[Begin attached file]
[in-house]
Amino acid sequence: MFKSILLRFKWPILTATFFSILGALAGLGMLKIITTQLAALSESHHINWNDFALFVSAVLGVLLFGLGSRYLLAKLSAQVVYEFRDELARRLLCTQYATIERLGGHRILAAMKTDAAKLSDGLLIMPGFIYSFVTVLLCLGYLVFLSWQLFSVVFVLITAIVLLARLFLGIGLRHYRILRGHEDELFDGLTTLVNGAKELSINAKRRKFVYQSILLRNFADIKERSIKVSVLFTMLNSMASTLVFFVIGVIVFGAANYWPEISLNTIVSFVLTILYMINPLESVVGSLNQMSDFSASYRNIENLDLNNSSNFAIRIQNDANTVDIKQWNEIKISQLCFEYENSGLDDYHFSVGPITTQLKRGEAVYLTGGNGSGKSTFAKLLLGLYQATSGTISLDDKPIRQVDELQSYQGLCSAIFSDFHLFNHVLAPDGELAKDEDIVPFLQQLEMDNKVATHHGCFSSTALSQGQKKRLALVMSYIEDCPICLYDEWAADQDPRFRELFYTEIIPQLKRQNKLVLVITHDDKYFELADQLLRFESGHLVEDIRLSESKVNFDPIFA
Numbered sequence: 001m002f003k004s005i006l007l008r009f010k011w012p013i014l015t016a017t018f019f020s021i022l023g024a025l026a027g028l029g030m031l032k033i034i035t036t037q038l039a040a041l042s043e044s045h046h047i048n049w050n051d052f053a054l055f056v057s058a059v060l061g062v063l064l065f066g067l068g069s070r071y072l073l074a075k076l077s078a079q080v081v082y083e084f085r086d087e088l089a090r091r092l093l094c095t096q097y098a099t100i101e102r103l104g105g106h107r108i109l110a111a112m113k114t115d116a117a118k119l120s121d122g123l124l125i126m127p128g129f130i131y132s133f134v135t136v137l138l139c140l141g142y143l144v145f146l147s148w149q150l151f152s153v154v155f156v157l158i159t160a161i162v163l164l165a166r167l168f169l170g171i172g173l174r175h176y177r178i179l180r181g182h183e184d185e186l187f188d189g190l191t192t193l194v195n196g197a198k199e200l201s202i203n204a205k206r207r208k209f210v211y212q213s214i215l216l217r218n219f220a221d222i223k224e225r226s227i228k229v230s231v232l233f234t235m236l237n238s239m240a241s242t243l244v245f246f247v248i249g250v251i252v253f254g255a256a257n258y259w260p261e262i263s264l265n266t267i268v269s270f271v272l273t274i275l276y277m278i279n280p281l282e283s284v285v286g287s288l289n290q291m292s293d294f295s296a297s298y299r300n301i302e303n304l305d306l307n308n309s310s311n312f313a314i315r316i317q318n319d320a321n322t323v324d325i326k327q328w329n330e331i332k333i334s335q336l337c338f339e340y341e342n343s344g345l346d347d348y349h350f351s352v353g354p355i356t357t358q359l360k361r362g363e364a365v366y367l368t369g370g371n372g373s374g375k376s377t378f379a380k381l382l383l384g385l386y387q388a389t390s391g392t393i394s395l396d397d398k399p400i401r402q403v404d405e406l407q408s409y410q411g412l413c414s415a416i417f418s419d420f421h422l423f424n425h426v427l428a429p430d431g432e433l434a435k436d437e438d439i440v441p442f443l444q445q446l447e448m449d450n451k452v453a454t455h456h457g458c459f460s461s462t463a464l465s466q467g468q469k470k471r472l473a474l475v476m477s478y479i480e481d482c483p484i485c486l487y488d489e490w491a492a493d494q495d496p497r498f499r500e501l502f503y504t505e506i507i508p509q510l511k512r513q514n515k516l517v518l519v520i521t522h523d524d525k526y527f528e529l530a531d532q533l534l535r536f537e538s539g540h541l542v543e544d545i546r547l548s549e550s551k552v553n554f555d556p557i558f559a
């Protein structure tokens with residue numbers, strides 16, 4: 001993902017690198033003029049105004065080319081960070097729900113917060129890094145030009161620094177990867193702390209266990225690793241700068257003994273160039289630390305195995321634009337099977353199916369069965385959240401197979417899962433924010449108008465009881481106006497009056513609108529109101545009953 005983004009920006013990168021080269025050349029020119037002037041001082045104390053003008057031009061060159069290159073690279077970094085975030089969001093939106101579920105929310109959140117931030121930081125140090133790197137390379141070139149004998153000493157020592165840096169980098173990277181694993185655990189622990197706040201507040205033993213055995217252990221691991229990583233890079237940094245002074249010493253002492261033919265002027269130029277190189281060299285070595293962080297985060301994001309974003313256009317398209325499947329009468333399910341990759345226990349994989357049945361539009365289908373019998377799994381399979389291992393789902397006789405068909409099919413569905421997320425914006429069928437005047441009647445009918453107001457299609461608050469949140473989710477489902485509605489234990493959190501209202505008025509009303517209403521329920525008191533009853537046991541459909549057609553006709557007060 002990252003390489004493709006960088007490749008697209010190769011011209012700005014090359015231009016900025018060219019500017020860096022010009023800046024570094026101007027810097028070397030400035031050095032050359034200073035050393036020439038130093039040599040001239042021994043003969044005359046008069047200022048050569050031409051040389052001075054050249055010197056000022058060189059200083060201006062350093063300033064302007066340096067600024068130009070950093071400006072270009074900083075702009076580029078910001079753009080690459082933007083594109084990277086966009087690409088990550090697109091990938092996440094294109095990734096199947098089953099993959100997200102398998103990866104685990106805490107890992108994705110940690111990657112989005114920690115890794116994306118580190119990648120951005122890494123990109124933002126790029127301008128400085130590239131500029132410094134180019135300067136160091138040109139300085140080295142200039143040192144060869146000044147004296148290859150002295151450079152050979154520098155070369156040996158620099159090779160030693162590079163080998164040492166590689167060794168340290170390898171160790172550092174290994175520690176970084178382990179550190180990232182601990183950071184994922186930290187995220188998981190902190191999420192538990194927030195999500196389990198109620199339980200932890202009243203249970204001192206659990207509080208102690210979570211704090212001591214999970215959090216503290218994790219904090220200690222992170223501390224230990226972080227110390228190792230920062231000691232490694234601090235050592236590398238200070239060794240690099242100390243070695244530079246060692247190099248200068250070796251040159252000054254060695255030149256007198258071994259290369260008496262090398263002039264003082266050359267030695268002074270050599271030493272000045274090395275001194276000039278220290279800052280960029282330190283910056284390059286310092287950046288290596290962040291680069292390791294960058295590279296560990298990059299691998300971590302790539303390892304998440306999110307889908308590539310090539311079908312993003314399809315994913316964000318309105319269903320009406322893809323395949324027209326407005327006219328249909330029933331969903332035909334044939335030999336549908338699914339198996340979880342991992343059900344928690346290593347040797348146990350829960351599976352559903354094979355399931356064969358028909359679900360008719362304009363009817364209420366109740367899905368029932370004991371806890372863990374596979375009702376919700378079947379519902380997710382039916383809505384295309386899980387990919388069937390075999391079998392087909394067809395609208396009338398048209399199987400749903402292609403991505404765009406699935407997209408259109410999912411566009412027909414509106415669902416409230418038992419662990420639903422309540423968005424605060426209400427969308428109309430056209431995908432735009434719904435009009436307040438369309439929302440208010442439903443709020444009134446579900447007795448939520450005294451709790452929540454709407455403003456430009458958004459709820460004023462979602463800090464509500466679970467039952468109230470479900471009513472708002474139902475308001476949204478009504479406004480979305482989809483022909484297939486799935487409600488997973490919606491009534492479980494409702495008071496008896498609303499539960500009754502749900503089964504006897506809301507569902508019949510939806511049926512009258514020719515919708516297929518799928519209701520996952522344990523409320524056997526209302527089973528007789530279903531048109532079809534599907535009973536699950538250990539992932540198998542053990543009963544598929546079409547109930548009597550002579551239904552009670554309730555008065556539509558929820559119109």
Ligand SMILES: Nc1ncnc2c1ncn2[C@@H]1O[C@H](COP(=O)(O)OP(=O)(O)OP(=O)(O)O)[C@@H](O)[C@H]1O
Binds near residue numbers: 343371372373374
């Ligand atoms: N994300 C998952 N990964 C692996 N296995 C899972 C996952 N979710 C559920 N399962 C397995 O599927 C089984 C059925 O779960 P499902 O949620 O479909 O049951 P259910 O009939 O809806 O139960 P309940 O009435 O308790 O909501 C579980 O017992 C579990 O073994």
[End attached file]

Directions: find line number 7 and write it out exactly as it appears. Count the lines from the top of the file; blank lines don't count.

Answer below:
């Ligand atoms: N994300 C998952 N990964 C692996 N296995 C899972 C996952 N979710 C559920 N399962 C397995 O599927 C089984 C059925 O779960 P499902 O949620 O479909 O049951 P259910 O009939 O809806 O139960 P309940 O009435 O308790 O909501 C579980 O017992 C579990 O073994």